On July 7, a grand jury in the Eastern District of Washington charged Li Xiaoyu and Dong Jiazhi—both citizens and residents of China—with running a decade-long global computer intrusion campaign, involving the theft of terabytes of intellectual property and confidential business information. For several reasons, this case was particularly relevant to European efforts to fight cybercrime and establish norms and rules for state behavior in cyberspace. Yet when the United States announced the indictment, its attempt to build a vocal alliance of like-minded countries flopped spectacularly.
Li and Dong’s case had a natural overlap with European cybercrime interests. First, while the two were in part working for their own financial gain , the indictment also outlines how they were purposefully supported and actively directed by the Chinese Ministry of State Security (MSS) to conduct targeted economic espionage abroad. This support from the MSS even encompassed the sharing of a zero-day exploit when Li ran into difficulties compromising a mail server of a Burmese human rights group. Indeed, the Justice Department’s evidence echoes in part the worries of Anne An, a senior security researcher at McAfee, who explained back in February that, “as the Chinese cybercriminal underground quickly expands its scope and sophistication, it is increasingly difficult to separate cybercrime from cyber espionage activity.”
On July 30, the European Council imposed for the first time ever EU cyber sanctions for attempted espionage (Russia’s close-hacking operation against the Organization for the Prohibition of Chemical Weapons), disruptive campaigns (the WannaCry and NotPetya ransomware attacks), and the theft of intellectual property and business information by a foreign government agency (China’s “Cloud Hopper” hacking campaign). While many analysts applauded this step, however, it will be significantly harder to leverage foreign policy instruments to curb an increase in non-state-sponsored Chinese cybercriminal campaigns hitting European targets. Similarly, it will not help much to remind Beijing to comply with international norms and fulfill its due diligence obligation under international law if China is providing a safe haven for Chinese cybercriminals in exchange for their work benefiting the state—as appears to be the case with Li and Dong.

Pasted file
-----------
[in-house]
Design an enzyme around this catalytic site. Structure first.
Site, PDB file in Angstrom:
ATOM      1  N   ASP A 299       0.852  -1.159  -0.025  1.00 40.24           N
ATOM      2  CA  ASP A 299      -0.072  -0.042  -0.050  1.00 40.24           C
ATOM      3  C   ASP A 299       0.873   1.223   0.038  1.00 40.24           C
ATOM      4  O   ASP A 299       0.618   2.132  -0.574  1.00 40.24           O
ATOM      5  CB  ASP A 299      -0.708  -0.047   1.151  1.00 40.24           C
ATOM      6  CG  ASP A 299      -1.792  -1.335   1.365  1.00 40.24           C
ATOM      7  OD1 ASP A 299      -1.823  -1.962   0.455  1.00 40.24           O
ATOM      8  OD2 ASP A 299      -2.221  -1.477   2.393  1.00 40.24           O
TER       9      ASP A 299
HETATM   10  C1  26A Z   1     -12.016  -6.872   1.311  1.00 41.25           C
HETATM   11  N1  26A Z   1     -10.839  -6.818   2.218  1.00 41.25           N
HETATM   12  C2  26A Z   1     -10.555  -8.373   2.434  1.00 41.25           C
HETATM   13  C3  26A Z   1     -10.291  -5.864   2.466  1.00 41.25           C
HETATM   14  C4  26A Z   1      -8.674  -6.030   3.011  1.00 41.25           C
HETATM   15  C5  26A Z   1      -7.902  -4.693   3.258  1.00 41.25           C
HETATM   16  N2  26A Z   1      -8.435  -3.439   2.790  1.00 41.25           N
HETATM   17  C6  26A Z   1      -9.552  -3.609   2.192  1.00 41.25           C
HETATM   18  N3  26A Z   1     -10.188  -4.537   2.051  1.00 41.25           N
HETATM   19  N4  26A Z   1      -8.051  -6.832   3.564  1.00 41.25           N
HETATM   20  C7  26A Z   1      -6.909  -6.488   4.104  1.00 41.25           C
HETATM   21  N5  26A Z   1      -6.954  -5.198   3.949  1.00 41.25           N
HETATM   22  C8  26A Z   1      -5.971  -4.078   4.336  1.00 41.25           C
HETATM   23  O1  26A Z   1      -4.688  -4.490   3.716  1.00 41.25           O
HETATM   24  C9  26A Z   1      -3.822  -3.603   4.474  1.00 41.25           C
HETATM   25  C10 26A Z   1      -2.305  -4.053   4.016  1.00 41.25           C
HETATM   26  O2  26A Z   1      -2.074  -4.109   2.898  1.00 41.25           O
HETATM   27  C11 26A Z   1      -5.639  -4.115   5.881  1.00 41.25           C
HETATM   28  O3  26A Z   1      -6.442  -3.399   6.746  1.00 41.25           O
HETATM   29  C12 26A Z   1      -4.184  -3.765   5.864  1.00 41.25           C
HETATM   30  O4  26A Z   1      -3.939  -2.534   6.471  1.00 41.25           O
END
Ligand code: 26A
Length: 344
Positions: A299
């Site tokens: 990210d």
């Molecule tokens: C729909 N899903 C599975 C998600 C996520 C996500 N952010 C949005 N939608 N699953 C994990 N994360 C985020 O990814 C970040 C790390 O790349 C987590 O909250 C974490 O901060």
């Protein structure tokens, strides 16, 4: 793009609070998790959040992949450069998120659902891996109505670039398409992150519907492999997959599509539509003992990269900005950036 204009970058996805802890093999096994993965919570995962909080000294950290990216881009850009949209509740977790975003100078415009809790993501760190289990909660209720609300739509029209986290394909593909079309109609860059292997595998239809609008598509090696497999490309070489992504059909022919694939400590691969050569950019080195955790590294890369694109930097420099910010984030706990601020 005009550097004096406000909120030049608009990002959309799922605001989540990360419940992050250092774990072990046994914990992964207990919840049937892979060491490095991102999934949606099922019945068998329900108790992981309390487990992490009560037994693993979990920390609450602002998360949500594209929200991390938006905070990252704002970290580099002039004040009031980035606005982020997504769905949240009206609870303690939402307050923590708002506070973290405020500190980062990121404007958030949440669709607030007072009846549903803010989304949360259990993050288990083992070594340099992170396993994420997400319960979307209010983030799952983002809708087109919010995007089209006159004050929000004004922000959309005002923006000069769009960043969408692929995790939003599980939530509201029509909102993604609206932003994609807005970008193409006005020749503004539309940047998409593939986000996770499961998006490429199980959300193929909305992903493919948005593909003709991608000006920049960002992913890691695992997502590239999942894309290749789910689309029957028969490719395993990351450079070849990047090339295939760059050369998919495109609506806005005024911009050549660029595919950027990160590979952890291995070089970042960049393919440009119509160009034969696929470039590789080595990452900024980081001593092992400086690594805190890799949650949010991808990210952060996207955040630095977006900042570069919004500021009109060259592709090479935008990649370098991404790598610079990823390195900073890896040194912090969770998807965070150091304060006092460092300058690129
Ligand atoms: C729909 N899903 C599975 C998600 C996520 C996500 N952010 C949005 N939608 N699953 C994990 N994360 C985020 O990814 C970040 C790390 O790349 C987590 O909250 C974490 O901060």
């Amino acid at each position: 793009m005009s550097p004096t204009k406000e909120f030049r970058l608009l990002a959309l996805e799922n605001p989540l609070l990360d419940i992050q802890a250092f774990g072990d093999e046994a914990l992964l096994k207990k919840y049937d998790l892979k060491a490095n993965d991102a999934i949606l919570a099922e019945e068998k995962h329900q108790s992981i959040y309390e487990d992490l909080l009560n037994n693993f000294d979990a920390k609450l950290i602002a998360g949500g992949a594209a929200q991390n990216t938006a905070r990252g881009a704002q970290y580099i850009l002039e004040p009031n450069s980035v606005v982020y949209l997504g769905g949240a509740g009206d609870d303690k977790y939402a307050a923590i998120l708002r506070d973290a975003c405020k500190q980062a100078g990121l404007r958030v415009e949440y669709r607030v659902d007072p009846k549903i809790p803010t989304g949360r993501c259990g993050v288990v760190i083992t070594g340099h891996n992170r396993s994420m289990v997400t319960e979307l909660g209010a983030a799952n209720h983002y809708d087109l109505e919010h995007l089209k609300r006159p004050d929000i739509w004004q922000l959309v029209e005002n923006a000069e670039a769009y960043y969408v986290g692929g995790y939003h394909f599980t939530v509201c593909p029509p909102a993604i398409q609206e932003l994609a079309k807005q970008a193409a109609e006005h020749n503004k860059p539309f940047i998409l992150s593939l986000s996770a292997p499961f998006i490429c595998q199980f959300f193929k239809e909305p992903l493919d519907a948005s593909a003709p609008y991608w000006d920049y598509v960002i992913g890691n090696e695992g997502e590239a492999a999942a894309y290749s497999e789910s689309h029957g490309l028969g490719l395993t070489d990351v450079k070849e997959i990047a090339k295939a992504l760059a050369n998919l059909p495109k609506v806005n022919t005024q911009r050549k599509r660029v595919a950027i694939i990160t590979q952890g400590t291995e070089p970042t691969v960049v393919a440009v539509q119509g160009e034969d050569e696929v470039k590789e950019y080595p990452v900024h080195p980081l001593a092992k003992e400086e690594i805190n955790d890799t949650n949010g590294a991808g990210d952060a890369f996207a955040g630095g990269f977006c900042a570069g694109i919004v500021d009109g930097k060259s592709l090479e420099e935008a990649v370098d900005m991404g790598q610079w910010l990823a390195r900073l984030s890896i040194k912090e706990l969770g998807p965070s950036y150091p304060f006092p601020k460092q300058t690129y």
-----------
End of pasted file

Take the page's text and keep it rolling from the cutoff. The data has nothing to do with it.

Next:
Second, the indictment alleges that Li and Dong were busy exfiltrating 140 GB of data from a Virginia federal and defense contractor, along with 27 GB of data from a Texas engineering and technology firm—including business proposals and other documents concerning space and satellite applications—at the same time that President Obama and Chinese President Xi Jinping were negotiating the September 2015 agreement that stipulates that “neither country’s government will conduct or knowingly support cyber-enabled theft of intellectual property.” Though some hailed the Obama-Xi agreements as a stepping stone toward “cyber arms control,” the agreement was under severe pressure by late 2018 and eventually collapsed by early 2020—with former Homeland Security adviser Thomas Bossert noting on Twitter that “the 2015 Obama/Xi Cyber agreement is dead. The Chinese killed it.” The U.S. experience should be a lesson for all EU member states that guarantees on data security from Beijing, which Chancellor Angela Merkel tried to obtain back in February 2019 for allowing Huawei to participate in Germany’s 5G build-up, are bound to be violated immediately.
Third, the indictment also states that “more recently [Li and Dong] researched vulnerabilities in the networks of biotech and other firms publicly known for work on COVID-19 vaccines, treatments and testing technology.” It should come as no surprise that intelligence agencies everywhere are trying to gain access to research data on the novel coronavirus. But the notion that an MSS-directed cybercriminal campaign is most likely also targeting the health sector in the European Union flies in the face of High Representative Josep Borrell’s declaration in April 2020, which called upon all countries to “exercise due diligence and take appropriate actions against actors conducting [malicious cyber activities targeting the health care sector] from its territory.”
Finally, among the hundreds of victims worldwide, the indictment specifically mentions 12 companies located in Australia, Belgium, Germany, Lithuania, the Netherlands, South Korea, Sweden and the U.K. The charges against Li and Dong, in other words, clearly involved European interests.